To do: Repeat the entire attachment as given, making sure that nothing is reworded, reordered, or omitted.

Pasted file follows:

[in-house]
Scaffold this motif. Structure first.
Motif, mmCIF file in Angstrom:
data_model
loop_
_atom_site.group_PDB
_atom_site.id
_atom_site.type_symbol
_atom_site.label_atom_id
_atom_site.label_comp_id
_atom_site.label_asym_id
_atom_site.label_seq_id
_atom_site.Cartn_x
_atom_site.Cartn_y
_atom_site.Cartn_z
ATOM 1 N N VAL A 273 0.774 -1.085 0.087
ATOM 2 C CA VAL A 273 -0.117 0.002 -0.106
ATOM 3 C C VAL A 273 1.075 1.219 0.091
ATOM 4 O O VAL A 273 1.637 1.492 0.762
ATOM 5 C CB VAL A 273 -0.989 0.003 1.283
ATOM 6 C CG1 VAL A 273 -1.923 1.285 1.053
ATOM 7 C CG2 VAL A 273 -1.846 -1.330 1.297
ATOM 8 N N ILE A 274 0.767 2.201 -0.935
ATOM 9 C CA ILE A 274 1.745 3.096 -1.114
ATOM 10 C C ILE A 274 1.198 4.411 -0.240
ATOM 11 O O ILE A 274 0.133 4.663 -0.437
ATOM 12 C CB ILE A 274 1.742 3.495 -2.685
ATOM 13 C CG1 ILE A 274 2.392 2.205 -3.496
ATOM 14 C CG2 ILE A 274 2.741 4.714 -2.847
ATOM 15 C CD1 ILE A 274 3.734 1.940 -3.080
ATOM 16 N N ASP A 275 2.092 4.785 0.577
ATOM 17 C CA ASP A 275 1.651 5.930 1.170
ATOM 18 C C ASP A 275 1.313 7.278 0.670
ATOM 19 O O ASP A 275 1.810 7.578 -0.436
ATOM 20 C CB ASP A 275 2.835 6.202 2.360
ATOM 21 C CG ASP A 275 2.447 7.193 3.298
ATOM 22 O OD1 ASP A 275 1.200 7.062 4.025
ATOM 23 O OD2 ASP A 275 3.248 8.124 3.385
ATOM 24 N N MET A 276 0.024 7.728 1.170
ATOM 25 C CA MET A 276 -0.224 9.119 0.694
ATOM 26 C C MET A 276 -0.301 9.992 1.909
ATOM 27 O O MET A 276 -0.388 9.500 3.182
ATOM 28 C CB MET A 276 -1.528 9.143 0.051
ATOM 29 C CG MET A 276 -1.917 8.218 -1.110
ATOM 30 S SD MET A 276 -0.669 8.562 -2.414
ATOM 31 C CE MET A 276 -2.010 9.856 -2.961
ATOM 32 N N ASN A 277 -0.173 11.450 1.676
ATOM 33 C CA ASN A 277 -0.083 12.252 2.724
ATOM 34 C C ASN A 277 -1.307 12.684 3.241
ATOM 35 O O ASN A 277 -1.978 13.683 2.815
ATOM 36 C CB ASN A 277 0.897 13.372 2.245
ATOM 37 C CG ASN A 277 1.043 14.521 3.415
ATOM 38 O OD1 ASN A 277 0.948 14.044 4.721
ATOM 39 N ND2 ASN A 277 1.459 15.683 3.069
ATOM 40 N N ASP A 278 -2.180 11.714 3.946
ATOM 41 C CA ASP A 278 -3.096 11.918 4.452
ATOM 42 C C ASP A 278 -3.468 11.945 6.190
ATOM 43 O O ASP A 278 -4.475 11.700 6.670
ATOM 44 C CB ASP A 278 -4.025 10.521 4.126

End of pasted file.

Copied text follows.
[in-house]
Scaffold this motif. Structure first.
Motif, mmCIF file in Angstrom:
data_model
loop_
_atom_site.group_PDB
_atom_site.id
_atom_site.type_symbol
_atom_site.label_atom_id
_atom_site.label_comp_id
_atom_site.label_asym_id
_atom_site.label_seq_id
_atom_site.Cartn_x
_atom_site.Cartn_y
_atom_site.Cartn_z
ATOM 1 N N VAL A 273 0.774 -1.085 0.087
ATOM 2 C CA VAL A 273 -0.117 0.002 -0.106
ATOM 3 C C VAL A 273 1.075 1.219 0.091
ATOM 4 O O VAL A 273 1.637 1.492 0.762
ATOM 5 C CB VAL A 273 -0.989 0.003 1.283
ATOM 6 C CG1 VAL A 273 -1.923 1.285 1.053
ATOM 7 C CG2 VAL A 273 -1.846 -1.330 1.297
ATOM 8 N N ILE A 274 0.767 2.201 -0.935
ATOM 9 C CA ILE A 274 1.745 3.096 -1.114
ATOM 10 C C ILE A 274 1.198 4.411 -0.240
ATOM 11 O O ILE A 274 0.133 4.663 -0.437
ATOM 12 C CB ILE A 274 1.742 3.495 -2.685
ATOM 13 C CG1 ILE A 274 2.392 2.205 -3.496
ATOM 14 C CG2 ILE A 274 2.741 4.714 -2.847
ATOM 15 C CD1 ILE A 274 3.734 1.940 -3.080
ATOM 16 N N ASP A 275 2.092 4.785 0.577
ATOM 17 C CA ASP A 275 1.651 5.930 1.170
ATOM 18 C C ASP A 275 1.313 7.278 0.670
ATOM 19 O O ASP A 275 1.810 7.578 -0.436
ATOM 20 C CB ASP A 275 2.835 6.202 2.360
ATOM 21 C CG ASP A 275 2.447 7.193 3.298
ATOM 22 O OD1 ASP A 275 1.200 7.062 4.025
ATOM 23 O OD2 ASP A 275 3.248 8.124 3.385
ATOM 24 N N MET A 276 0.024 7.728 1.170
ATOM 25 C CA MET A 276 -0.224 9.119 0.694
ATOM 26 C C MET A 276 -0.301 9.992 1.909
ATOM 27 O O MET A 276 -0.388 9.500 3.182
ATOM 28 C CB MET A 276 -1.528 9.143 0.051
ATOM 29 C CG MET A 276 -1.917 8.218 -1.110
ATOM 30 S SD MET A 276 -0.669 8.562 -2.414
ATOM 31 C CE MET A 276 -2.010 9.856 -2.961
ATOM 32 N N ASN A 277 -0.173 11.450 1.676
ATOM 33 C CA ASN A 277 -0.083 12.252 2.724
ATOM 34 C C ASN A 277 -1.307 12.684 3.241
ATOM 35 O O ASN A 277 -1.978 13.683 2.815
ATOM 36 C CB ASN A 277 0.897 13.372 2.245
ATOM 37 C CG ASN A 277 1.043 14.521 3.415
ATOM 38 O OD1 ASN A 277 0.948 14.044 4.721
ATOM 39 N ND2 ASN A 277 1.459 15.683 3.069
ATOM 40 N N ASP A 278 -2.180 11.714 3.946
ATOM 41 C CA ASP A 278 -3.096 11.918 4.452
ATOM 42 C C ASP A 278 -3.468 11.945 6.190
ATOM 43 O O ASP A 278 -4.475 11.700 6.670
ATOM 44 C CB ASP A 278 -4.025 10.521 4.126